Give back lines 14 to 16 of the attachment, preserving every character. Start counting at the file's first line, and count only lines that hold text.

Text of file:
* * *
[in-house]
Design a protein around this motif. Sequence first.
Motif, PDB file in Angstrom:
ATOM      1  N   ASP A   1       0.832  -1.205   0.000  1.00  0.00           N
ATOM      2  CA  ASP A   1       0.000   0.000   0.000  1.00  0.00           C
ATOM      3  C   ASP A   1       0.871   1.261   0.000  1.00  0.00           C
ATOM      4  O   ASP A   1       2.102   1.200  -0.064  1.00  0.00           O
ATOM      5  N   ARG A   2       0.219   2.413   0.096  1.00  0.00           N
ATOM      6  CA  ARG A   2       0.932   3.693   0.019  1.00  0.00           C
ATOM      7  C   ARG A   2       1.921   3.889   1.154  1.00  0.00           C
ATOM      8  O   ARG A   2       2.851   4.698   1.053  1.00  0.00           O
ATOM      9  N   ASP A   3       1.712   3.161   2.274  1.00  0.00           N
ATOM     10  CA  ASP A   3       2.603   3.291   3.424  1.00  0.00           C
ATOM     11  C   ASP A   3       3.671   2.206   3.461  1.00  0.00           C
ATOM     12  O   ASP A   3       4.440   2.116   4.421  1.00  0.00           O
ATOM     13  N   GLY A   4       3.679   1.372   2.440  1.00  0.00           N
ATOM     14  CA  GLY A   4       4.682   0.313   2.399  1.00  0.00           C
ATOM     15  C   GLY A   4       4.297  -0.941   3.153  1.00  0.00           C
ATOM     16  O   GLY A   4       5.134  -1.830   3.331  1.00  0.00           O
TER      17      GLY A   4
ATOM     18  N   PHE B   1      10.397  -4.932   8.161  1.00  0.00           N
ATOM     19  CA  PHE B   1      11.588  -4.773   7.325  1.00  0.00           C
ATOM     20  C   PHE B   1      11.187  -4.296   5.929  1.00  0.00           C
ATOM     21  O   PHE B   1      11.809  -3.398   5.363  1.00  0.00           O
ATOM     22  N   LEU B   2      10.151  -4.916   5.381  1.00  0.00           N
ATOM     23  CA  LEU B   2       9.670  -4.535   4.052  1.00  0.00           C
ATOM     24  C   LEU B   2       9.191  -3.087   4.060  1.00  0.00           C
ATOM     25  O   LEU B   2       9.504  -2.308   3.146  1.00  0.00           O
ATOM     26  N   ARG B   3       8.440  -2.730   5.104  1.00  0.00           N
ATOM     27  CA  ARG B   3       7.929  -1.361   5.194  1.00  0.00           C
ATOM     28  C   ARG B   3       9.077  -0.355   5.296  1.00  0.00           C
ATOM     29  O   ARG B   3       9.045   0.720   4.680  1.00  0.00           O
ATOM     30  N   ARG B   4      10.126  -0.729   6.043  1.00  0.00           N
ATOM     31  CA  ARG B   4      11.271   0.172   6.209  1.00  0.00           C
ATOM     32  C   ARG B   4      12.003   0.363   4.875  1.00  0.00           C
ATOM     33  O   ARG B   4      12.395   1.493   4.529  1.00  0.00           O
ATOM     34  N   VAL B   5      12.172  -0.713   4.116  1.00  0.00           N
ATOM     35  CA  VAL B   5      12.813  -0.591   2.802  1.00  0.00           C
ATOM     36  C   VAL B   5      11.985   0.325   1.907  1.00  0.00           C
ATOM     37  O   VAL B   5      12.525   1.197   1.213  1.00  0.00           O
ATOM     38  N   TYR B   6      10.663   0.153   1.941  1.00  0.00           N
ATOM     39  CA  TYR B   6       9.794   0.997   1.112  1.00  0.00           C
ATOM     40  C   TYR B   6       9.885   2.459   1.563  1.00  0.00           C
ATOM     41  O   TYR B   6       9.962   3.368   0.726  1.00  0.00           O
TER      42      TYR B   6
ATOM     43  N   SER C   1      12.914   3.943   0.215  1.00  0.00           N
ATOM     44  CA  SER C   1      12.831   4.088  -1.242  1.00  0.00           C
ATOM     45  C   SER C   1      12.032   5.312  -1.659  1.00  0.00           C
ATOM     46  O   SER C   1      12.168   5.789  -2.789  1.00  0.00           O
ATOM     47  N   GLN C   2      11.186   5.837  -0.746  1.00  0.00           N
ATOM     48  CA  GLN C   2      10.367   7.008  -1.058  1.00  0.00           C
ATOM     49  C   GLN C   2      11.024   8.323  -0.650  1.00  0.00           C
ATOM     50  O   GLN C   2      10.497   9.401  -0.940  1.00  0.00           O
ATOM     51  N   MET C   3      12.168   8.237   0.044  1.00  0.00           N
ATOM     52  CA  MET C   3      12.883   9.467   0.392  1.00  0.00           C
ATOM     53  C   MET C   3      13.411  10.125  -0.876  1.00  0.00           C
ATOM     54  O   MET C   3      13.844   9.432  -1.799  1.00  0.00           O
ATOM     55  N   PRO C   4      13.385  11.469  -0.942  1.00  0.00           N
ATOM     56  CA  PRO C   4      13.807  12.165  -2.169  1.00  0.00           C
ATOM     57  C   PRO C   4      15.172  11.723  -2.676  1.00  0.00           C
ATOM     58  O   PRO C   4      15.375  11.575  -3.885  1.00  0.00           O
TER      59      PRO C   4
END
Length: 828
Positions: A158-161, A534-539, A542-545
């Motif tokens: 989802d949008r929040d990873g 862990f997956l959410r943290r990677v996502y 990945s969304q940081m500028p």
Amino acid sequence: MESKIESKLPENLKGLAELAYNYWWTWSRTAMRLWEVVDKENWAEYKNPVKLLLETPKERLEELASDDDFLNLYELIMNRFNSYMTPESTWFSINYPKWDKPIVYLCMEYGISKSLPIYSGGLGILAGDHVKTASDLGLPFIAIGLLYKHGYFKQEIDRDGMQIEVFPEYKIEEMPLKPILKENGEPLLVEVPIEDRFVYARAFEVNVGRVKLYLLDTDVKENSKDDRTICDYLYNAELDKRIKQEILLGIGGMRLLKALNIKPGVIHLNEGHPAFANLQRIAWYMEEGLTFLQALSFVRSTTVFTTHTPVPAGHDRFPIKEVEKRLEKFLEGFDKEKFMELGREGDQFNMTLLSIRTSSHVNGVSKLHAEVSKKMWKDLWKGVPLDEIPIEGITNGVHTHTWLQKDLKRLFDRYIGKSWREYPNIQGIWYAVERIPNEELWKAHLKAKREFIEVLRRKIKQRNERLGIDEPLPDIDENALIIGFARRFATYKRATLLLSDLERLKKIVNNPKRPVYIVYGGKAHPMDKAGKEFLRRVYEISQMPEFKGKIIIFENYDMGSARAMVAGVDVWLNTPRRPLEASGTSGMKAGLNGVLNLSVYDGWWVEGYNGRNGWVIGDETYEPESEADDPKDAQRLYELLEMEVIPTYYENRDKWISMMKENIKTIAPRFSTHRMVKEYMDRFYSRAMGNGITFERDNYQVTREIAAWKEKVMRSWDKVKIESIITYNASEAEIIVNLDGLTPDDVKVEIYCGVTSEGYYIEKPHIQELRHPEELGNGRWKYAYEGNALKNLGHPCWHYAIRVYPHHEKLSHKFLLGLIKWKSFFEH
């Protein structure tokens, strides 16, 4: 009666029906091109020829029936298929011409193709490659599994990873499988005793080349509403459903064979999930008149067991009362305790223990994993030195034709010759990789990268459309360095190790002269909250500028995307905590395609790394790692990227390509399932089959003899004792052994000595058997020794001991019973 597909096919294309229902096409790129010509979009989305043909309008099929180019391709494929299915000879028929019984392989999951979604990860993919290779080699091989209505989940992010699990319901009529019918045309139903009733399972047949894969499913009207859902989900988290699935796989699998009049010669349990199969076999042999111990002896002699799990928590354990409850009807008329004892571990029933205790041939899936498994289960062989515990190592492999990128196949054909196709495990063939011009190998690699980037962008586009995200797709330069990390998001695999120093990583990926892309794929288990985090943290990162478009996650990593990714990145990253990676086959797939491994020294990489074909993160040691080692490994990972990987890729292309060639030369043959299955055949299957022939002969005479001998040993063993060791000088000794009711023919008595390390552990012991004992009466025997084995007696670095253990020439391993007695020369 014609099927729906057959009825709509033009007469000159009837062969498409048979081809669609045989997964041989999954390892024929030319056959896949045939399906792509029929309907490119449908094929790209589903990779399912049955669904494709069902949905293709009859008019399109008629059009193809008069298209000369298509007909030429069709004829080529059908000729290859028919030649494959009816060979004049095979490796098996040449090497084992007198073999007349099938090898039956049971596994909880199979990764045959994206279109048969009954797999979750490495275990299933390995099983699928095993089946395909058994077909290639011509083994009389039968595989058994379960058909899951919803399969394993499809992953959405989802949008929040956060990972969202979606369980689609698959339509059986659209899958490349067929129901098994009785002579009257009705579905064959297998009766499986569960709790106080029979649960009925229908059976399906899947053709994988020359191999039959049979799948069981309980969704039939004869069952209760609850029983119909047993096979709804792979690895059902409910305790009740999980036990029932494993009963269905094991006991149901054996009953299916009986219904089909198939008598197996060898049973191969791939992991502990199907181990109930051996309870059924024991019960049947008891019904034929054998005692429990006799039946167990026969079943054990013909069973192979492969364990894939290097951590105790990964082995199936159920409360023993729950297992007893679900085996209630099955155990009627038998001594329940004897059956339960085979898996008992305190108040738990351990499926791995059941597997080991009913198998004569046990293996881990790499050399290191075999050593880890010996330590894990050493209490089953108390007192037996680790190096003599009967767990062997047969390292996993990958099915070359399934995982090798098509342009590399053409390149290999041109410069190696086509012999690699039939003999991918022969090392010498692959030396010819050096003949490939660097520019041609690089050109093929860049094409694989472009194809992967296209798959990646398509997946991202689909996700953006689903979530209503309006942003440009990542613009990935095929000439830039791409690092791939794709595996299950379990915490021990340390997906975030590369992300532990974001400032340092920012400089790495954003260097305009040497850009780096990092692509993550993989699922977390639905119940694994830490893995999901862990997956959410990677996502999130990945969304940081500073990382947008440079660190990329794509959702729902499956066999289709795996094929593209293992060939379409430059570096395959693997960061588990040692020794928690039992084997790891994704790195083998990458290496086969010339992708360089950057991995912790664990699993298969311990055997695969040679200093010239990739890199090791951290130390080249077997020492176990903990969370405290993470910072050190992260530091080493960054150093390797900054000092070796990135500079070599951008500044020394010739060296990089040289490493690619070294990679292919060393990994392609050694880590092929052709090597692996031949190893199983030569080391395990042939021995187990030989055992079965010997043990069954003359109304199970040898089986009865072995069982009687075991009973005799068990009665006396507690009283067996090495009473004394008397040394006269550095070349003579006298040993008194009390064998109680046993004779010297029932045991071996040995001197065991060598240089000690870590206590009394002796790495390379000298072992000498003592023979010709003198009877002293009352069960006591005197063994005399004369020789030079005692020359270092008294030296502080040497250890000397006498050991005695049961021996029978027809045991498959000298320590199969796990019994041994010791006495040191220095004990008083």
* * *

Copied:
ATOM     11  C   ASP A   3       3.671   2.206   3.461  1.00  0.00           C
ATOM     12  O   ASP A   3       4.440   2.116   4.421  1.00  0.00           O
ATOM     13  N   GLY A   4       3.679   1.372   2.440  1.00  0.00           N